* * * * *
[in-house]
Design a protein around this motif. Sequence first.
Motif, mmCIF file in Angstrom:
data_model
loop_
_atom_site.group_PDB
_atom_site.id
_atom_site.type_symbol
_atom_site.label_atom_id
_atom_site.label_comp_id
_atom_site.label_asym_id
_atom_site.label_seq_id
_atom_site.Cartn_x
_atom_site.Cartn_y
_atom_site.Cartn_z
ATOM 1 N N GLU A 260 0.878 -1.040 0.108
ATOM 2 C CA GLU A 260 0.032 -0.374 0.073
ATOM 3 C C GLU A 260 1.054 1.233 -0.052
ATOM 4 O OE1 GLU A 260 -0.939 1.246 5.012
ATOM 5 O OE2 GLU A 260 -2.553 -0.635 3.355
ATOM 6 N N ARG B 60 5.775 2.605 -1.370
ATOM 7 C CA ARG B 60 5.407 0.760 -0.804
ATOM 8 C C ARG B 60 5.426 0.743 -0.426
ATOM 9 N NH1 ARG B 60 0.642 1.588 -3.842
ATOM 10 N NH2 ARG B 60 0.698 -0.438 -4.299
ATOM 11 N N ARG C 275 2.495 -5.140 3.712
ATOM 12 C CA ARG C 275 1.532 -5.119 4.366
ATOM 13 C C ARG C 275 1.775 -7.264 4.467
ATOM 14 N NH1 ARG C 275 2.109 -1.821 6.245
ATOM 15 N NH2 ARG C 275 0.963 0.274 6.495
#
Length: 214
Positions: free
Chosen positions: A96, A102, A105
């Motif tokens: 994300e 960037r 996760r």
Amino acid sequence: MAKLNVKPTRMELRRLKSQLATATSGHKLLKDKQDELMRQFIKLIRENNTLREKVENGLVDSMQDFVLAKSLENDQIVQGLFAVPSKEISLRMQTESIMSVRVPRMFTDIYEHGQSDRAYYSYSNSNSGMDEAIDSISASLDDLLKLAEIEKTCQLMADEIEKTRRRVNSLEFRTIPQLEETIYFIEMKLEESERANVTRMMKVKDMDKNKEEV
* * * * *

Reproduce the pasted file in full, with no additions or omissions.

[in-house]
Design a protein around this motif. Sequence first.
Motif, mmCIF file in Angstrom:
data_model
loop_
_atom_site.group_PDB
_atom_site.id
_atom_site.type_symbol
_atom_site.label_atom_id
_atom_site.label_comp_id
_atom_site.label_asym_id
_atom_site.label_seq_id
_atom_site.Cartn_x
_atom_site.Cartn_y
_atom_site.Cartn_z
ATOM 1 N N GLU A 260 0.878 -1.040 0.108
ATOM 2 C CA GLU A 260 0.032 -0.374 0.073
ATOM 3 C C GLU A 260 1.054 1.233 -0.052
ATOM 4 O OE1 GLU A 260 -0.939 1.246 5.012
ATOM 5 O OE2 GLU A 260 -2.553 -0.635 3.355
ATOM 6 N N ARG B 60 5.775 2.605 -1.370
ATOM 7 C CA ARG B 60 5.407 0.760 -0.804
ATOM 8 C C ARG B 60 5.426 0.743 -0.426
ATOM 9 N NH1 ARG B 60 0.642 1.588 -3.842
ATOM 10 N NH2 ARG B 60 0.698 -0.438 -4.299
ATOM 11 N N ARG C 275 2.495 -5.140 3.712
ATOM 12 C CA ARG C 275 1.532 -5.119 4.366
ATOM 13 C C ARG C 275 1.775 -7.264 4.467
ATOM 14 N NH1 ARG C 275 2.109 -1.821 6.245
ATOM 15 N NH2 ARG C 275 0.963 0.274 6.495
#
Length: 214
Positions: free
Chosen positions: A96, A102, A105
């Motif tokens: 994300e 960037r 996760r």
Amino acid sequence: MAKLNVKPTRMELRRLKSQLATATSGHKLLKDKQDELMRQFIKLIRENNTLREKVENGLVDSMQDFVLAKSLENDQIVQGLFAVPSKEISLRMQTESIMSVRVPRMFTDIYEHGQSDRAYYSYSNSNSGMDEAIDSISASLDDLLKLAEIEKTCQLMADEIEKTRRRVNSLEFRTIPQLEETIYFIEMKLEESERANVTRMMKVKDMDKNKEEV